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              The Cincinnati City Council voted 6-3 in favor of
         endorsing Broadway Commons as the site for a new Reds
         ballpark.  The Reds, however, still favor a new home "on the
         riverfront" (CINCINNATI ENQUIRER, 9/25)....Rockies Owner
         Jerry McMorris, speaking before Denver business leaders,
         "made a pitch" for a new stadium for the Broncos: "Mile High
         Stadium is clearly the worst stadium in the country -- by
         far" (ROCKY MOUNTAIN NEWS, 9/26)....TX Motorplex Owner Billy
         Meyer "has confirmed" his interest in building a new drag
         racing track "closer to Dallas and moving his two NHRA
         events from his Ennis facility" (DALLAS MORNING NEWS, 9/25).

    Print | Tags: Cincinnati Reds, Colorado Rockies, Denver Broncos, Facilities, NHRA

              MA officials yesterday unveiled their "last, best
         offer" to keep the Patriots, according to Tina Cassidy of
         the BOSTON GLOBE.  A new bill offers the Patriots $50M for
         "land and improvements" around Foxboro Stadium, and calls
         for team Owner Robert Kraft to spend "that amount" on
         facility improvements.  But the deal still "hasn't got an
         OK" from State House Speaker Thomas Finneran, who has been a
         "vocal opponent of spending public money on anything beyond
         infrastructure improvements."  Cassidy adds that Finneran
         did not "specifically endorse the new bill, and was cagey in
         response to the legislation."  MA Sec. of Admin. & Finance
         Charles Baker said that the state's offer "won't get any
         better" (BOSTON GLOBE, 9/26).  In Providence, Tom Mooney
         reports that MA officials said "repeatedly" that should the
         bill pass, "they believe Kraft will keep the Patriots in
         Foxboro."  Neither Kraft nor any team officials were
         available for comment yesterday (JOURNAL-BULLETIN, 9/26). 
         Also in Providence, Christopher Rowland writes that Gov.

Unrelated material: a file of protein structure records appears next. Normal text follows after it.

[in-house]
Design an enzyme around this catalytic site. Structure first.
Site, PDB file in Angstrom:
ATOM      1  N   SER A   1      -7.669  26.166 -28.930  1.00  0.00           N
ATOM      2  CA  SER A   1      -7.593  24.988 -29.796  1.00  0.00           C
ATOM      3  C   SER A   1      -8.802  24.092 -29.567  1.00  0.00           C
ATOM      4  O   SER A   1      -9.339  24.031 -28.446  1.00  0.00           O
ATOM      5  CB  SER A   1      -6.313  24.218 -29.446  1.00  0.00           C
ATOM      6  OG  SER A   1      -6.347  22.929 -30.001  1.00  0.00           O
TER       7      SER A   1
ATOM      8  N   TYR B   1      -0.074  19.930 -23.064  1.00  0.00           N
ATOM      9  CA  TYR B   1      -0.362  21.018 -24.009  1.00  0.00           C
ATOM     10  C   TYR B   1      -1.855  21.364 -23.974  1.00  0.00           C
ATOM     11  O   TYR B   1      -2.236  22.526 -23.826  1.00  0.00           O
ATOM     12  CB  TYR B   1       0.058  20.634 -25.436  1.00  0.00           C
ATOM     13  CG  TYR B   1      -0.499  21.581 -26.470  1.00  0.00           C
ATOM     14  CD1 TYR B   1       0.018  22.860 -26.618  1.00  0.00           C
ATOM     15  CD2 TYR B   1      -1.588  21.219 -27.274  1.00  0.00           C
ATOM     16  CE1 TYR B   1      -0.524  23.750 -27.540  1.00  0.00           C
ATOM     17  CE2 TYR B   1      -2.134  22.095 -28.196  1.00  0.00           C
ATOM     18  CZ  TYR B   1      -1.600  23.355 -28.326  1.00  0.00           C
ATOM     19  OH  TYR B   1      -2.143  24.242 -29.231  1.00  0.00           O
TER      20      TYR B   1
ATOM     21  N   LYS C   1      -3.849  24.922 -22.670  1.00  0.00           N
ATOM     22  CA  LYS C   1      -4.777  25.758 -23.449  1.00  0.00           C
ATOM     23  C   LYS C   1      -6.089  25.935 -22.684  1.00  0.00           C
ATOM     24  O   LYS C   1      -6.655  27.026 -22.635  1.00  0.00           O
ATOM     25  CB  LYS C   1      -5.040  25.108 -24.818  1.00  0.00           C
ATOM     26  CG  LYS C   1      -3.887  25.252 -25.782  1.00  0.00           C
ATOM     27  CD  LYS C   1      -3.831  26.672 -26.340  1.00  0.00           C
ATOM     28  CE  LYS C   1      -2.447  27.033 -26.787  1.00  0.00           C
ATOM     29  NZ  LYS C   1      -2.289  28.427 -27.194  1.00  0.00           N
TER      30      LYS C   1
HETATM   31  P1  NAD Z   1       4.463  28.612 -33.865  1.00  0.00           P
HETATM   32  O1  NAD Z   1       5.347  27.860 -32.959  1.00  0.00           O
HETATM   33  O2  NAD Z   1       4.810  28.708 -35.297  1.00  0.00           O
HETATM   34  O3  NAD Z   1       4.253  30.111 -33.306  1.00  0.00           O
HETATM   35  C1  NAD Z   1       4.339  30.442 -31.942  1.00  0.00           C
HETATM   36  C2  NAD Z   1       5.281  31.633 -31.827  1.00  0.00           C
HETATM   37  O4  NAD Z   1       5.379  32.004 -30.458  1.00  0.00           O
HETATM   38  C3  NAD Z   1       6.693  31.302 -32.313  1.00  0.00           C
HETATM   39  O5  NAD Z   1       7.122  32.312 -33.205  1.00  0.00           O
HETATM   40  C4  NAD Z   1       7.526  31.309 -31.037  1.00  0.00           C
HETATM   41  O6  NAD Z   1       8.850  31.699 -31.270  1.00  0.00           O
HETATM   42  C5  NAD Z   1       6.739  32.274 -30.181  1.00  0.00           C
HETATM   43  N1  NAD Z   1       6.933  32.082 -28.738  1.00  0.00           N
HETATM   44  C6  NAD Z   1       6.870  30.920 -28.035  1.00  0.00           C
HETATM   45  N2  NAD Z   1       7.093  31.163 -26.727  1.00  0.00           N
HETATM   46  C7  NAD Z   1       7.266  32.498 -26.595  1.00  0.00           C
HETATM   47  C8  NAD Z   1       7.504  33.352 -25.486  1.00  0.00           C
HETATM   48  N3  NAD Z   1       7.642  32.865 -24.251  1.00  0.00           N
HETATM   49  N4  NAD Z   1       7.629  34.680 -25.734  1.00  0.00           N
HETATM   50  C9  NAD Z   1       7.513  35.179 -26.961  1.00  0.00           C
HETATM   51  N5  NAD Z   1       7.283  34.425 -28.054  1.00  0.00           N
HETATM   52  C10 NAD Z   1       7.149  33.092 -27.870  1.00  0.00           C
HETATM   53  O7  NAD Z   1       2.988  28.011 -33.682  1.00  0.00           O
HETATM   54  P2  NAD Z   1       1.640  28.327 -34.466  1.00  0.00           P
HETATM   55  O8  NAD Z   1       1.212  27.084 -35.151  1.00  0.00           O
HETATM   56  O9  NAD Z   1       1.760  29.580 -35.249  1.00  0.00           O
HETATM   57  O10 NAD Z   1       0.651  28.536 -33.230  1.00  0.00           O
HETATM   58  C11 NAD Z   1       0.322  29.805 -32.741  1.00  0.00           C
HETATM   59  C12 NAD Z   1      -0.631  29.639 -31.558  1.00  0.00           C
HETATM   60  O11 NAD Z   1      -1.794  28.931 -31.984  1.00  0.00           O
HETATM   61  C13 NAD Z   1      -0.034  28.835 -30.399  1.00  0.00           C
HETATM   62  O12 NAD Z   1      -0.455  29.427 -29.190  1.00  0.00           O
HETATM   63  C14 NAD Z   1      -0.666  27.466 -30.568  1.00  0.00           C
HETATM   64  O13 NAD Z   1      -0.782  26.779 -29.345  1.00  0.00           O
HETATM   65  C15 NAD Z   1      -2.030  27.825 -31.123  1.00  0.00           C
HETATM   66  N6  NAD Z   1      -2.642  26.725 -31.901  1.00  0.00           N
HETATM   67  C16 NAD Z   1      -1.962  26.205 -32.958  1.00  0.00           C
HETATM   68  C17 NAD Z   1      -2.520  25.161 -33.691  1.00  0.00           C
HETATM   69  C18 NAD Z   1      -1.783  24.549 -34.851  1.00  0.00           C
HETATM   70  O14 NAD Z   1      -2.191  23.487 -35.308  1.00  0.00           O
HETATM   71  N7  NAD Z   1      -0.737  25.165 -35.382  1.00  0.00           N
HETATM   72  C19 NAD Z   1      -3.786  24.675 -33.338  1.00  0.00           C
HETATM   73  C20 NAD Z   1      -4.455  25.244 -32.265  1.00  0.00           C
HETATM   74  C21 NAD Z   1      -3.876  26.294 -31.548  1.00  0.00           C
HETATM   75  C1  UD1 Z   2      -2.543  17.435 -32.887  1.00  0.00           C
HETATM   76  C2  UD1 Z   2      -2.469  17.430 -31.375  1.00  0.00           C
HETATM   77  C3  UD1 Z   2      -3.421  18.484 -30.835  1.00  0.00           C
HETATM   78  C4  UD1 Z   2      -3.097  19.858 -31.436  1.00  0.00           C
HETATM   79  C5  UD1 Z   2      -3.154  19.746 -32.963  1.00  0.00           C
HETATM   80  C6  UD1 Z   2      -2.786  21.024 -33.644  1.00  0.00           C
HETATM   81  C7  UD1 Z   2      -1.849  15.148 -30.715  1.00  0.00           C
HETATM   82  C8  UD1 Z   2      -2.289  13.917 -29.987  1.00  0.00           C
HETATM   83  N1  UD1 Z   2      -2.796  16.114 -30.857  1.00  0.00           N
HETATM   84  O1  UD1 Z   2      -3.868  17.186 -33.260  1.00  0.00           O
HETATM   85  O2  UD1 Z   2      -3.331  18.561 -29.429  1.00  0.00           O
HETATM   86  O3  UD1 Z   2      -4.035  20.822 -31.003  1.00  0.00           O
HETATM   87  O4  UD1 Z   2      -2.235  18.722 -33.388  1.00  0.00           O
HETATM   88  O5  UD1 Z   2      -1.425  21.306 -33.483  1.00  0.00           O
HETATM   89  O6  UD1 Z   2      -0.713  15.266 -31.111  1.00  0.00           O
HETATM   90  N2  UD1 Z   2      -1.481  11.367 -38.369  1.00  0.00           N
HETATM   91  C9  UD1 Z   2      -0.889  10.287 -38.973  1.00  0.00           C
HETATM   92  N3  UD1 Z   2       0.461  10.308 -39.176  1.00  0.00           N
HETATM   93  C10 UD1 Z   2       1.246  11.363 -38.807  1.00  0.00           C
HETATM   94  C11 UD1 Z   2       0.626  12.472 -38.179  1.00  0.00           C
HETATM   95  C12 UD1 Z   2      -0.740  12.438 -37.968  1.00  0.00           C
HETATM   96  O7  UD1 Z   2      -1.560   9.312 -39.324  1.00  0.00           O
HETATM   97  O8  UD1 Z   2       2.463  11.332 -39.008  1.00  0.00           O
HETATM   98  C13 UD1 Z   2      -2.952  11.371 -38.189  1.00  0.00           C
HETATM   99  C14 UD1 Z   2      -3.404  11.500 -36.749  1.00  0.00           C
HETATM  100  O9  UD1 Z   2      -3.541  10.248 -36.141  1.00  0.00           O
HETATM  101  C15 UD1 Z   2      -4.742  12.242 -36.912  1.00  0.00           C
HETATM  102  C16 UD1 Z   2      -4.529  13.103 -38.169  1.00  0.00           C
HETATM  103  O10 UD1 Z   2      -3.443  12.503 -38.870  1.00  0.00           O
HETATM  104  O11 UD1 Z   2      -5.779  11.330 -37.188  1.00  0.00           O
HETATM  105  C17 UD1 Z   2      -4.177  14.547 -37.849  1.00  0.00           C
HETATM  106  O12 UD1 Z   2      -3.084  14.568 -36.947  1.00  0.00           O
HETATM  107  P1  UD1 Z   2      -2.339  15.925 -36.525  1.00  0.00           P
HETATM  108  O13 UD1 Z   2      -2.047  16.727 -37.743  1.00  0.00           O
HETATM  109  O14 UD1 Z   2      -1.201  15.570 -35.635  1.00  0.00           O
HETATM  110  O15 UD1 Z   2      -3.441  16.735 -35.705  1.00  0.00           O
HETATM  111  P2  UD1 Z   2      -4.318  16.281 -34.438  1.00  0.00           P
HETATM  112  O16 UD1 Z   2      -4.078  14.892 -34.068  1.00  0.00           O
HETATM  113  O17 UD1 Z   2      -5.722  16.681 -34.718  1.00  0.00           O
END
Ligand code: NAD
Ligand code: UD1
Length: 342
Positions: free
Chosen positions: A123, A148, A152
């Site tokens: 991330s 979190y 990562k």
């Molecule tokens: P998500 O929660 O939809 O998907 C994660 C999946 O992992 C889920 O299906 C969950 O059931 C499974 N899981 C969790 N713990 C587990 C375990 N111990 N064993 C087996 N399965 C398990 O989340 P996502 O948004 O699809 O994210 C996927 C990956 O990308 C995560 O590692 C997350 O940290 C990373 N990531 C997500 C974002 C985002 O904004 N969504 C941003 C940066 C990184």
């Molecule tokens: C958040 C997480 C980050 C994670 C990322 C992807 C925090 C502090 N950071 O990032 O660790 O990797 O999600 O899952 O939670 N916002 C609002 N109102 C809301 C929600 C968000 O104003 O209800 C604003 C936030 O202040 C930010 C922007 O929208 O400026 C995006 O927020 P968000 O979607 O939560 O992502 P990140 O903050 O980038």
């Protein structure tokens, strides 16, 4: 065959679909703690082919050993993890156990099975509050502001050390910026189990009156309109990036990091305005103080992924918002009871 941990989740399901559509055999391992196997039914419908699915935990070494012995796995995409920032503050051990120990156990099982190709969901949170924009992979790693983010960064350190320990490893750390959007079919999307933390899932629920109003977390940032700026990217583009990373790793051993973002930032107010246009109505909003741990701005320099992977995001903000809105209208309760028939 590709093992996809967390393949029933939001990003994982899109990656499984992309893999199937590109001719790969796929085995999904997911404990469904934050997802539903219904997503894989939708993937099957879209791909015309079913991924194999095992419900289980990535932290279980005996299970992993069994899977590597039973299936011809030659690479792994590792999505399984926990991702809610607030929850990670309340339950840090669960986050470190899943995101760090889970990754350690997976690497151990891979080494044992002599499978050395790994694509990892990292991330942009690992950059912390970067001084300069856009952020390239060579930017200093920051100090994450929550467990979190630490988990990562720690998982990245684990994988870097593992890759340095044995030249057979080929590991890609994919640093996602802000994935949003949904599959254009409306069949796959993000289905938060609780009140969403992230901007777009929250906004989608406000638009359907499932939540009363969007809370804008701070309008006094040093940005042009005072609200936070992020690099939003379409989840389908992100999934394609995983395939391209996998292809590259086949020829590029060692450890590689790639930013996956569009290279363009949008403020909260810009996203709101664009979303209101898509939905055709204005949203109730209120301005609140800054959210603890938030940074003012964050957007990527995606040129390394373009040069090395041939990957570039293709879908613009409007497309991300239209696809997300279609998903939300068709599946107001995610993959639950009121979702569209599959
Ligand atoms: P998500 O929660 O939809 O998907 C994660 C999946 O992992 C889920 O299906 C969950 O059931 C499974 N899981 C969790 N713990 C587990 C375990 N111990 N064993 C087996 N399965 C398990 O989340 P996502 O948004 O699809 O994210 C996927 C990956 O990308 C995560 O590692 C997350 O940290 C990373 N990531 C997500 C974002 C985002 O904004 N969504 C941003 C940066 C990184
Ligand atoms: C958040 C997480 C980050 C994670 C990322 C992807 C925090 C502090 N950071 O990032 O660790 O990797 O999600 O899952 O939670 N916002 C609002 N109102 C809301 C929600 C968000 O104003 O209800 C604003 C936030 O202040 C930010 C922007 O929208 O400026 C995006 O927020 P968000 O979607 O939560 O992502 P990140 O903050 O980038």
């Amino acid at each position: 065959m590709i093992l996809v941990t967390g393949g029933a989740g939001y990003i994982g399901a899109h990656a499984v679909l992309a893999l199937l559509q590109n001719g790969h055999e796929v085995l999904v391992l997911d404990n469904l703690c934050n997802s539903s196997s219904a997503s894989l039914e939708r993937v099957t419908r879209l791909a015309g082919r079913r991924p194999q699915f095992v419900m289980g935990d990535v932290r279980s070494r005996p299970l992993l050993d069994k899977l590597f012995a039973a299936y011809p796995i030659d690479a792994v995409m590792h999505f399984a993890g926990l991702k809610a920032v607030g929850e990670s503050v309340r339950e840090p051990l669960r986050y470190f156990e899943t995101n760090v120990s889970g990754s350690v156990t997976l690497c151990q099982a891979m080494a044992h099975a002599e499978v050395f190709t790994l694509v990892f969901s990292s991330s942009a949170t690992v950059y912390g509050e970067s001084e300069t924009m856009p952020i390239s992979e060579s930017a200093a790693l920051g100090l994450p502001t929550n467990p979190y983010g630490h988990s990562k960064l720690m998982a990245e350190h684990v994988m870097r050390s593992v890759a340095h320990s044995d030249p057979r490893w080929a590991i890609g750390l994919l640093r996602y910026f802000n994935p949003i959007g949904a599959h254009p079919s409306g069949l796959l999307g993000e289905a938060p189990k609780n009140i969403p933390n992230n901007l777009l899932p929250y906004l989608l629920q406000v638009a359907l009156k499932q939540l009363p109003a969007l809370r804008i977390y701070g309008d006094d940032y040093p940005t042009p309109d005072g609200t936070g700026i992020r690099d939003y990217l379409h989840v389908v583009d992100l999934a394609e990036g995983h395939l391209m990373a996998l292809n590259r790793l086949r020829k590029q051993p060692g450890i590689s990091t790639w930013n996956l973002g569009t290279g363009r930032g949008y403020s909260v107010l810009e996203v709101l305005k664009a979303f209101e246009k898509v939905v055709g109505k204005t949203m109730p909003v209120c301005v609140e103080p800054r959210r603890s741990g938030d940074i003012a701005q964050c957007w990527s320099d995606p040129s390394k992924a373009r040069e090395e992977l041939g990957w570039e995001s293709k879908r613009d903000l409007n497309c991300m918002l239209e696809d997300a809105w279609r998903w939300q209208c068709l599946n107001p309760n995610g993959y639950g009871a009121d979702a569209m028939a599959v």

Lincoln Almond's administration "is refusing to sit down"
         with the team for more stadium talks "until the Patriots
         show a willingness to close the deal."  Almond said that a
         difference of "about" $2M remained between the two sides and
         sources tell Rowland that a "key sticking point" remains
         disagreement over the size of a ticket surcharge that would
         help pay development costs (JOURNAL-BULLETIN, 9/26).
              BANKING NEWS: Boston-based Fleet Financial Group has
         been "quietly advising the state of Rhode Island" in its
         negotiations with the Patriots, according to Joan Vennochi
         of the BOSTON GLOBE.  Vennochi adds that Fleet spokesperson
         James Mahoney "stresses the bank - so far - is working on
         behalf of Rhode Island, not the Patriots."  While Fleet's
         "local rival," BankBoston, is the team's banking partner,
         Vennochi writes that it is "clear Fleet is interested" in
         the team as a business partner (BOSTON GLOBE, 9/26).

    Print | Tags: Facilities, New England Patriots

              The Steelers and Pirates ended "months of speculation"
         yesterday by unveiling "their financial share of two
         proposed North Side sports stadiums," according to Sandra
         Skowron of the Pittsburgh TRIBUNE-REVIEW.  Steelers
         President Dan Rooney announced that the team will commit to
         a private contribution of $50M toward the cost of
         constructing a new stadium and said that as part of the
         team's commitment, it would sign a 25-year lease for the new
         stadium.  The team would assume responsibility for cost
         overruns in the construction of the new stadium, provided
         that it control the design and construction phase of the
         project.  The Pirates would commit $35M for construction
         costs of a natural grass stadium expected to cost $185-200M
         and, like the Steelers, would sign a 25-year lease and pay
         for cost overruns if they control construction and design. 
         Pirates Managing General Partner Kevin McClatchy said that
         the team hasn't determined how it will raise the $35M yet. 
         Rooney said that his club "likely would borrow" $50M to
         build a $185M stadium and then use team revenues to pay off
         the loan.  Team execs were "hopeful their commitments would
         bolster support" for a 0.5% sales tax increase which will
         appear on the ballot in 11 counties (TRIBUNE-REVIEW, 9/26). 

    Print | Tags: Facilities, Pittsburgh Pirates, Pittsburgh Steelers
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